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Charting Changing Asset Prices


“In the business world, the rearview mirror is always clearer than the windshield.”

-Warren Buffett

Charts are an essential weapon in any trader’s arsenal. They graphically represent the historical price changes and trading volume of an asset. Traders often try to forecast the future direction of an asset’s price by analysing its past behaviour to collect important insights. Trading charts can broadly be classified into three categories.

What are the Different Types of Charts?

1. Line Charts

As the name would imply, line charts are constructed as one single line, moving from left to right. They are formed by connecting the closing prices according to the time period being measured. With the advancements in computer trading platforms, very few traders currently use line charts. However, they remain prized amongst long-term investors who seek to identify breaks above and below the peaks and valleys in a line chart to initiate buy or sell trades.

2. Bar Charts

Also often referred to as Open-High-Low-Close (OHLC) charts, bar charts are composed of a series of vertical lines, with the high and the low of each line (bar) representing the highest price and the lowest price for the specified time frame. A short horizontal line extends from the left, which signifies the opening price for the time frame, while a small horizontal line extending to the right of the vertical bar indicates the closing price for the same period. For years, bar charts were the preferred choice among traders before Japanese candlesticks became more popular.

3. Candlestick Charts

Candlestick charts are the most widely used chart form, both among long-term investors and short-term traders. A candlestick is made up of three primary parts - the real body, the upper tail and the lower tail. The real body can be two colours, each corresponding to a lower or higher movement in price. In this case, we will use green to represent a move higher and red for a move lower.

If the body is green, the opening price is the lower end and the closing price is the upper boundary of the real body. In contrast, a red candle indicates that the closing price (lower end of the body) is below the opening price for the time period being measured.

The upper tail and the lower tail are two thin lines protruding from the top and the bottom of the real body which represent the high and low prices reached during the measured time period.

What Do the Charts Tell Us?

Traders monitor charts to analyse asset price movements and determine when to enter and exit from trades. Although there are several different types of charts, they essentially display the same information - the past and current prices. Regardless of the chart type, all charts have a time frame on the horizontal axis while the vertical axis of a chart represents the asset’s changing prices.

Why is Reading Charts Helpful and Practical?

Technical trading studies suggest that an asset’s current price reflects all information that is publicly available. While rumours may constantly swirl that its price may surge or plummet, ultimately the current price is the existing balancing point between buyers and sellers. As traders and investors decide to buy or sell, an asset’s changing price reflects the shifting perception of its value.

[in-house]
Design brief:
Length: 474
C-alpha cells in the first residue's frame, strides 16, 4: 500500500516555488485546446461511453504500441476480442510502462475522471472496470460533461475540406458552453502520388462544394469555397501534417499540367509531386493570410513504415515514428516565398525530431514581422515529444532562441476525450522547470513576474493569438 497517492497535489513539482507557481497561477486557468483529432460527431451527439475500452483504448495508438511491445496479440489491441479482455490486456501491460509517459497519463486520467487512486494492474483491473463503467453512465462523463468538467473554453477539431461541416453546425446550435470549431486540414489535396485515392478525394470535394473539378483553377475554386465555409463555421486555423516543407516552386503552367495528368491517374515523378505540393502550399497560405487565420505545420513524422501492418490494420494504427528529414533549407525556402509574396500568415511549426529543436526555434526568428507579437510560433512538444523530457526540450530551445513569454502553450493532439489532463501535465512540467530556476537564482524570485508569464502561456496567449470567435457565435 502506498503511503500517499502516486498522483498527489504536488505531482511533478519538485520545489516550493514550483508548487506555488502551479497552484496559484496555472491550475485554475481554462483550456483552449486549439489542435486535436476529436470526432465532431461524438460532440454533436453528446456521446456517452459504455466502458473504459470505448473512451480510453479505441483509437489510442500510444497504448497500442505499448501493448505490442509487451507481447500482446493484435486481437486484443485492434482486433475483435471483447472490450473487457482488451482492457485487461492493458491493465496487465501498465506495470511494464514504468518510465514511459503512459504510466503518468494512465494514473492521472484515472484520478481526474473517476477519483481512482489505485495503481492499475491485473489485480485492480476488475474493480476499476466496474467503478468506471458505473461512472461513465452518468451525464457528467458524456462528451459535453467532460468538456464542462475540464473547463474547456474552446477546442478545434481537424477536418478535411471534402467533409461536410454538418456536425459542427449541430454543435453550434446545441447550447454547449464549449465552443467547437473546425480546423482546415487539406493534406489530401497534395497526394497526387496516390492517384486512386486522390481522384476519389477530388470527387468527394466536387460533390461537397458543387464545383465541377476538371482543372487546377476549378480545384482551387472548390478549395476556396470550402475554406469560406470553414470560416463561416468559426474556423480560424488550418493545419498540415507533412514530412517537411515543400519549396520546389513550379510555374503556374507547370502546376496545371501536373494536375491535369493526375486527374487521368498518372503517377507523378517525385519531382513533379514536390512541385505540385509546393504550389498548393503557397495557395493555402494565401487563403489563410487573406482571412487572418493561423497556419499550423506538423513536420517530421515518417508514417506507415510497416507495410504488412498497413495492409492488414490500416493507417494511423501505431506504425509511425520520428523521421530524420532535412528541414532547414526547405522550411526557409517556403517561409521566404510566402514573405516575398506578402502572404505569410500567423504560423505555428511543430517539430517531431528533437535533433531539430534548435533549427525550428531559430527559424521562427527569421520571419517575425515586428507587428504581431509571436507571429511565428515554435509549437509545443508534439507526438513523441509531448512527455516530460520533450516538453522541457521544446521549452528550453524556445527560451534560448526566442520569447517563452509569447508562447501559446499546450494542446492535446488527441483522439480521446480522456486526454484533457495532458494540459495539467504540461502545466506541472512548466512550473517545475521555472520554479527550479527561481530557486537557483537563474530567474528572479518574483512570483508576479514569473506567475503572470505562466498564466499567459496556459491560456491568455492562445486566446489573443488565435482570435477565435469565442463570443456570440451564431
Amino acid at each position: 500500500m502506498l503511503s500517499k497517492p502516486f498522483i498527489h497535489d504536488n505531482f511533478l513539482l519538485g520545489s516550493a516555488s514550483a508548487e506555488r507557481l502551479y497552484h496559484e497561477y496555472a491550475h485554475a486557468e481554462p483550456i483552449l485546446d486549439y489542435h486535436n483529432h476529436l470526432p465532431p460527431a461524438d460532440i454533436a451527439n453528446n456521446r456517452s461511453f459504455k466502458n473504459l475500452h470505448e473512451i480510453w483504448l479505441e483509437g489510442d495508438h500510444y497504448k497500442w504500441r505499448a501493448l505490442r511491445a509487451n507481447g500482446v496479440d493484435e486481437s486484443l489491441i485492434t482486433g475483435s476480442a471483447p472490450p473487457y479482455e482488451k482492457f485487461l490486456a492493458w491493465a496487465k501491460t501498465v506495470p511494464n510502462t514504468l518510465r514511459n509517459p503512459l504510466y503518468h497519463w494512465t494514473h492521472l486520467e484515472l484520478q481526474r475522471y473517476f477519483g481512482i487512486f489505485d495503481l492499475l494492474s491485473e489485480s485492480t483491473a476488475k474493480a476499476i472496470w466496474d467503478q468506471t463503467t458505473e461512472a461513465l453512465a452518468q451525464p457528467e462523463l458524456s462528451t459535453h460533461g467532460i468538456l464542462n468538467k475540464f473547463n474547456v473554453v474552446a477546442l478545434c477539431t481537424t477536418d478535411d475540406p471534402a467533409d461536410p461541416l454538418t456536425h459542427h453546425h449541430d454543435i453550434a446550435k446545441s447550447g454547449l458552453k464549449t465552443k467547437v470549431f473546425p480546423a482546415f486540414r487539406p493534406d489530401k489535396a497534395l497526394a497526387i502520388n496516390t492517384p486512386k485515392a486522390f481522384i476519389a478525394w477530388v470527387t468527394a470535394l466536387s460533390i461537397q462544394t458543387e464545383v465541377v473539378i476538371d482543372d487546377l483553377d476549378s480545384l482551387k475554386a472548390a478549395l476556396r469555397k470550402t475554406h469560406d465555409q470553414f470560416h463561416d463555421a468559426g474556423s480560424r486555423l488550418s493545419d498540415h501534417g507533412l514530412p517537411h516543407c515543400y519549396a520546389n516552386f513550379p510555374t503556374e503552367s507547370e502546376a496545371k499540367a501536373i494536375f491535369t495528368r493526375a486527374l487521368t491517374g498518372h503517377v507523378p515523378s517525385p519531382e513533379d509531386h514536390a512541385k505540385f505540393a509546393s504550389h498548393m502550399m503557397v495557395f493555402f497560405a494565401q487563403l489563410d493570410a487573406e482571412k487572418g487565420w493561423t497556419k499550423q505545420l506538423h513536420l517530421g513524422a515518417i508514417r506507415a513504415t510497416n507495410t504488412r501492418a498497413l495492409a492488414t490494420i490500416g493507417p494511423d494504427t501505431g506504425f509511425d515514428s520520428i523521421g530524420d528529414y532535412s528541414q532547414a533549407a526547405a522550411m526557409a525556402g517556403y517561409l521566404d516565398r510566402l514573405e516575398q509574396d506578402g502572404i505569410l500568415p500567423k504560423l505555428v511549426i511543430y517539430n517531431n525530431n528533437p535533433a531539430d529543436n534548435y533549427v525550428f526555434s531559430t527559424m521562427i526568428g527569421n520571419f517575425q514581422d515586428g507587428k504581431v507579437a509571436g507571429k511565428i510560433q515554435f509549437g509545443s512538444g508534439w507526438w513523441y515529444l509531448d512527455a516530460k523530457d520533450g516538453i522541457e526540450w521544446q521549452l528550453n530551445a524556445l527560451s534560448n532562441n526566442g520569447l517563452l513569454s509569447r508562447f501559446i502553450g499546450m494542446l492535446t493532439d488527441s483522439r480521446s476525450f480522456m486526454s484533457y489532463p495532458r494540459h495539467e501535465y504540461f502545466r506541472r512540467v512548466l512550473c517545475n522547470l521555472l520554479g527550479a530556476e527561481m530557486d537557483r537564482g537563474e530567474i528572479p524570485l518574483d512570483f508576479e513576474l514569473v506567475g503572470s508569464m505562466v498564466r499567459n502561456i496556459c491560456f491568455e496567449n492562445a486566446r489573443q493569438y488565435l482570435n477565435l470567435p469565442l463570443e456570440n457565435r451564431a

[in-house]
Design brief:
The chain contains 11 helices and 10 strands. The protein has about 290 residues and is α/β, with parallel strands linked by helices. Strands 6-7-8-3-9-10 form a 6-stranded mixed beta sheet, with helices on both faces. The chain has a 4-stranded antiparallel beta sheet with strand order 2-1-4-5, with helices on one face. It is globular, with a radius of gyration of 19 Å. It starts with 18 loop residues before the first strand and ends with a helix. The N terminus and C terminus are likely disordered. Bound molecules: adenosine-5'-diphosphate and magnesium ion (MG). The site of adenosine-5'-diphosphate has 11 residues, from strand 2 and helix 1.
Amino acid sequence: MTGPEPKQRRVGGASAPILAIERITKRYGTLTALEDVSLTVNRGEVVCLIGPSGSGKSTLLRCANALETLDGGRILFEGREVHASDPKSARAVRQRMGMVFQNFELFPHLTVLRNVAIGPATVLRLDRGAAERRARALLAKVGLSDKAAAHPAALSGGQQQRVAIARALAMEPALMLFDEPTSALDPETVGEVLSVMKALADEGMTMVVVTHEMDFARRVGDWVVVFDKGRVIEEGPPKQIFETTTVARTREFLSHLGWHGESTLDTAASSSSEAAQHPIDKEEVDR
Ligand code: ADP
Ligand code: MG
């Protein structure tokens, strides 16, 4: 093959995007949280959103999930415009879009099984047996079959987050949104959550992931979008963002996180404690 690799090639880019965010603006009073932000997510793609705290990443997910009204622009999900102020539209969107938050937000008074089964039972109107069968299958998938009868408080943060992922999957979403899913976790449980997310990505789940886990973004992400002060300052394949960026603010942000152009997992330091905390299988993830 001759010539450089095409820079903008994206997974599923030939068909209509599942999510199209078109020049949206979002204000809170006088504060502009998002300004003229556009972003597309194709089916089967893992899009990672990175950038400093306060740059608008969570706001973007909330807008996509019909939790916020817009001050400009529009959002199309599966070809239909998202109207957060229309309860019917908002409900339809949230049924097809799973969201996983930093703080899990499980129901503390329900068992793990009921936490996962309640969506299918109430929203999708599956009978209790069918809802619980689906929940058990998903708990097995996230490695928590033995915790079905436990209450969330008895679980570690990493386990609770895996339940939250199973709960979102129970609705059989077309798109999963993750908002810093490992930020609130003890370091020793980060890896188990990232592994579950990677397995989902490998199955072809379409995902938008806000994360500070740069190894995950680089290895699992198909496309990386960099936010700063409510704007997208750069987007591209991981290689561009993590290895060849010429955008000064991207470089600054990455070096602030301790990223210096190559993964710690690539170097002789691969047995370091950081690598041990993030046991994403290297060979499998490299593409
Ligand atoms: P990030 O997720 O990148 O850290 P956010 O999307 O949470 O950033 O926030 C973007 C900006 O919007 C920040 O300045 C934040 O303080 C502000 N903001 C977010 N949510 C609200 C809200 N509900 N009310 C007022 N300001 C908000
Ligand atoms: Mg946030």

Technical analysis, which involves studying charts to identify trends, implies that the only tool we need as traders is a simple price chart. Since all information relating to an asset has already been highlighted by the price fluctuations on the chart, this form of analysis suggests that there is no need to concern ourselves with why prices are changing. If buying interest is more than selling interest, prices rise. Contrarily, if selling interest is more than buying interest, prices fall.

The best way to learn how to interpret charts and build an accompanying trading strategy is to begin by exploring all the available chart types. FXTM’s complimentary demo trading account is a perfect starting point thanks to a wide variety of preloaded charting tools which enable you to practice trading in a risk-free investment environment with virtual funds.

Some Final Thoughts on Charting

Charts are a great visual representation of an asset’s price changes over time. Although it needs to be mentioned that an asset’s past price performance is not always a guarantee of how prices will behave in the future, charts provide us with a useful template for understanding how prices might react and shift in the future.

The best way to incorporate charts with your strategy begins by experimenting with chart settings to see how it impacts what you see and the insights you gather. As you begin to develop your knowledge and develop trading strategies, you will eventually discover your preferences and perfect your trading style and tactics.

Disclaimer: This written/visual material is comprised of personal opinions and ideas. The content should not be construed as containing any type of investment advice and/or a solicitation for any transactions. It does not imply an obligation to purchase investment services, nor does it guarantee or predict future performance. FXTM, its affiliates, agents, directors, officers or employees do not guarantee the accuracy, validity, timeliness or completeness of any information or data made available and assume no liability for any loss arising from any investment based on the same.
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